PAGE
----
Pubs have gone smoke-free for a full decade, but while one side of the industry calls for a major rethink, other pubs are banning smoking from the beer garden too.

A campaign has called for an amendment to smoking ban legislation which would allow landlords to designate “separate, well-ventilated smoking rooms or annexes” in their pubs.

The report by the smokers’ group, Forest, stated that there are 11,383 fewer pubs in England compared to 2006, a decline of 20.7 per cent since the smoking ban was introduced on July 1, 2007.

It said the area that saw the biggest decline in pubs since the ban was the Midlands, with a demise in numbers of 23.7 per cent, and summarises that the smoking ban has had a major impact on pub closures.

However, the plea comes weeks after the Myrtle Tavern in Leeds announced an all-out ban on smoking in its garden.

Anti-smoking campaigners have hailed the pub, and landlord Scott Westlake told The Mirror: “We've seen a huge increase in families with young children using the outdoor area and we want to make sure the beer garden is a safe and smoke-free environment for children and parents alike.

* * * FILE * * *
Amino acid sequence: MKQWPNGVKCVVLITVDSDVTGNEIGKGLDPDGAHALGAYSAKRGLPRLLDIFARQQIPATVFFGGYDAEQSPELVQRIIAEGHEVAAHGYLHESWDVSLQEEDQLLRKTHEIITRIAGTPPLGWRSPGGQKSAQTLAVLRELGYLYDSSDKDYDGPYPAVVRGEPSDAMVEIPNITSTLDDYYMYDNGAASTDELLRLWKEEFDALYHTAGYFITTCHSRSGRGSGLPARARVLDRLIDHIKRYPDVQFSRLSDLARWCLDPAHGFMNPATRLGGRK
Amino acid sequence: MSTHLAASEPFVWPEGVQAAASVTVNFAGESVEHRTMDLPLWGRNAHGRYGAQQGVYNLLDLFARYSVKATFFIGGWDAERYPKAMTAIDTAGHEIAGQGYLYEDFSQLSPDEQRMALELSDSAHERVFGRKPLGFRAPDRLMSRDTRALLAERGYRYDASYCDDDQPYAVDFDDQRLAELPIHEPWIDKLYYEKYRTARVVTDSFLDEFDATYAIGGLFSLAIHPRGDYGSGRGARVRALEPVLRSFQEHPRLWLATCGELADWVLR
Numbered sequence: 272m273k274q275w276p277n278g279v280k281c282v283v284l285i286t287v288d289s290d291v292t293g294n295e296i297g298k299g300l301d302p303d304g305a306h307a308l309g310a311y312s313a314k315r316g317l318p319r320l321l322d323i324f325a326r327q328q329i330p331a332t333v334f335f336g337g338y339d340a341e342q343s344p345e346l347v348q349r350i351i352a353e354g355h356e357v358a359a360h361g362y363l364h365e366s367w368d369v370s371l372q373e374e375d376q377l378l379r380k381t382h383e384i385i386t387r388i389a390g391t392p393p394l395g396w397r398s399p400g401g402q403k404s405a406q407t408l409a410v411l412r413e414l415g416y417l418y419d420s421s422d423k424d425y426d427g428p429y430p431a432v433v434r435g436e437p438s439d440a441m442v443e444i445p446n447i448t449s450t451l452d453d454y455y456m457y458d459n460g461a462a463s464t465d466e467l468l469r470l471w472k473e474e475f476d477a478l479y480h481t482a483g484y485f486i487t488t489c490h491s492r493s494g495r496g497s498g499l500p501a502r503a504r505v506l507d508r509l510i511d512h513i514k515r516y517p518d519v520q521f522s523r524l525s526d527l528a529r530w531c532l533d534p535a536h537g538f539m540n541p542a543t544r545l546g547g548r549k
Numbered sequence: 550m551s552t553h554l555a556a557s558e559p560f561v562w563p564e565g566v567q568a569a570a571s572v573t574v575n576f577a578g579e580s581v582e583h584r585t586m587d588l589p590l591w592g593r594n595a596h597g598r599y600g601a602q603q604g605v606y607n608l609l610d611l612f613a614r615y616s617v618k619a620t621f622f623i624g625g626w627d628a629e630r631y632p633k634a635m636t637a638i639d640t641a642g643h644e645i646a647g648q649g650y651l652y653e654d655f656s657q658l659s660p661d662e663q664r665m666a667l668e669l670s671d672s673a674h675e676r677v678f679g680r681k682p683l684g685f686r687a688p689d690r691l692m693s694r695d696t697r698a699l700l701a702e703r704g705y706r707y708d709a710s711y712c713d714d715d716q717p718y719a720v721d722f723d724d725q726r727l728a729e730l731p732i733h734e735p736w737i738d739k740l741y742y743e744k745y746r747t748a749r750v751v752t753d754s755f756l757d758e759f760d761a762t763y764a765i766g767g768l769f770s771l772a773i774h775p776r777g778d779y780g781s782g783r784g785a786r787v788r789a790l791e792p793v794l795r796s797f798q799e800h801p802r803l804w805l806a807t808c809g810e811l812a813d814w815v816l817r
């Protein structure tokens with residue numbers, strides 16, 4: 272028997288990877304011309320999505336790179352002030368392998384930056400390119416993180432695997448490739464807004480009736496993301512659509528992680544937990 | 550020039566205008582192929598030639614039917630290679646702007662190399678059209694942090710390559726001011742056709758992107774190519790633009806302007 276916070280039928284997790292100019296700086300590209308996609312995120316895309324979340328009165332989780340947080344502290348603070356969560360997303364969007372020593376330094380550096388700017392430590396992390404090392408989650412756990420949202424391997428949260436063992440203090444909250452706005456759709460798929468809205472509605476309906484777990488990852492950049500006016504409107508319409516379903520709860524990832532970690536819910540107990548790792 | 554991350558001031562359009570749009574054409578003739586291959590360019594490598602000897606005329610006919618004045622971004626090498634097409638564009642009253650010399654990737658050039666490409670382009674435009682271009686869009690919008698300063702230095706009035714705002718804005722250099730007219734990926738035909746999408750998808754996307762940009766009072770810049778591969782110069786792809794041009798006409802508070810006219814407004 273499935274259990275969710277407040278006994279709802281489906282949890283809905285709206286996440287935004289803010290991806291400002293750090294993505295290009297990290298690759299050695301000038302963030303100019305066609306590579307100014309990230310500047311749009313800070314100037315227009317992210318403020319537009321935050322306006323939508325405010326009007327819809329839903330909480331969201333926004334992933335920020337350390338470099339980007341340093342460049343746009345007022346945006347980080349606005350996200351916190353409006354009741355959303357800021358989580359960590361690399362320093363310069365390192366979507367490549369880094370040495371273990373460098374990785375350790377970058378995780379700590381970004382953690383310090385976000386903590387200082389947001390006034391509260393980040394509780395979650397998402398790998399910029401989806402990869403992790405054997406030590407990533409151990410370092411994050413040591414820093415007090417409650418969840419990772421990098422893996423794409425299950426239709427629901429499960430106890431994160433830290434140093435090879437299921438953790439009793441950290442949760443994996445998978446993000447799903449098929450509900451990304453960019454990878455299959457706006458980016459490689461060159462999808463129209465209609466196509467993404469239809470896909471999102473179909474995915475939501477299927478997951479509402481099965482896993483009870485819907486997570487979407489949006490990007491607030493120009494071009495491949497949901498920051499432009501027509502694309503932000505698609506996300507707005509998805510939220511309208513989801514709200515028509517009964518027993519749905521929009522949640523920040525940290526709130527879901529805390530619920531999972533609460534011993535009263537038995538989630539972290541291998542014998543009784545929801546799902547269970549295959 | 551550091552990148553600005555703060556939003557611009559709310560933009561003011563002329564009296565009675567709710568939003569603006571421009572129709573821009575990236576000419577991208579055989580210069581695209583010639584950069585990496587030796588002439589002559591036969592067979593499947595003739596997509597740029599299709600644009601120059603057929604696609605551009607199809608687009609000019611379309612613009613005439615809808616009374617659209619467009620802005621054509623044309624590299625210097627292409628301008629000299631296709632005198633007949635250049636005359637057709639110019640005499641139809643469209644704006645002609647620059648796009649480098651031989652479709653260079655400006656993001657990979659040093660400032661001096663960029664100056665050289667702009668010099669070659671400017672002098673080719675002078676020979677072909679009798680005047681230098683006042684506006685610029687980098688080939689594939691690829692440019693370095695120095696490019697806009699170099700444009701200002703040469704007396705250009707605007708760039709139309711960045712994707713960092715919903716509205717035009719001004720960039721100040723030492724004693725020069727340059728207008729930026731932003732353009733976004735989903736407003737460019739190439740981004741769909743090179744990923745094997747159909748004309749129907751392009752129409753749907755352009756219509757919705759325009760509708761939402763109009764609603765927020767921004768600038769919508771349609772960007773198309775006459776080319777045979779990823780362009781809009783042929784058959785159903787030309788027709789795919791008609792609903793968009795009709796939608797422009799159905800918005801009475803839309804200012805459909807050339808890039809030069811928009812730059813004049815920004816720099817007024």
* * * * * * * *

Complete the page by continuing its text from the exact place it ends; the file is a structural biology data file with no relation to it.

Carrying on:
"It's a decision that hasn't been made lightly, we understand a lot of our customers do smoke, however, we feel it's an important step in the right direction."

Others have taken to Twitter to discuss their thoughts, with a debate ensuing about how much pub closures are really down to the ban or other factors.



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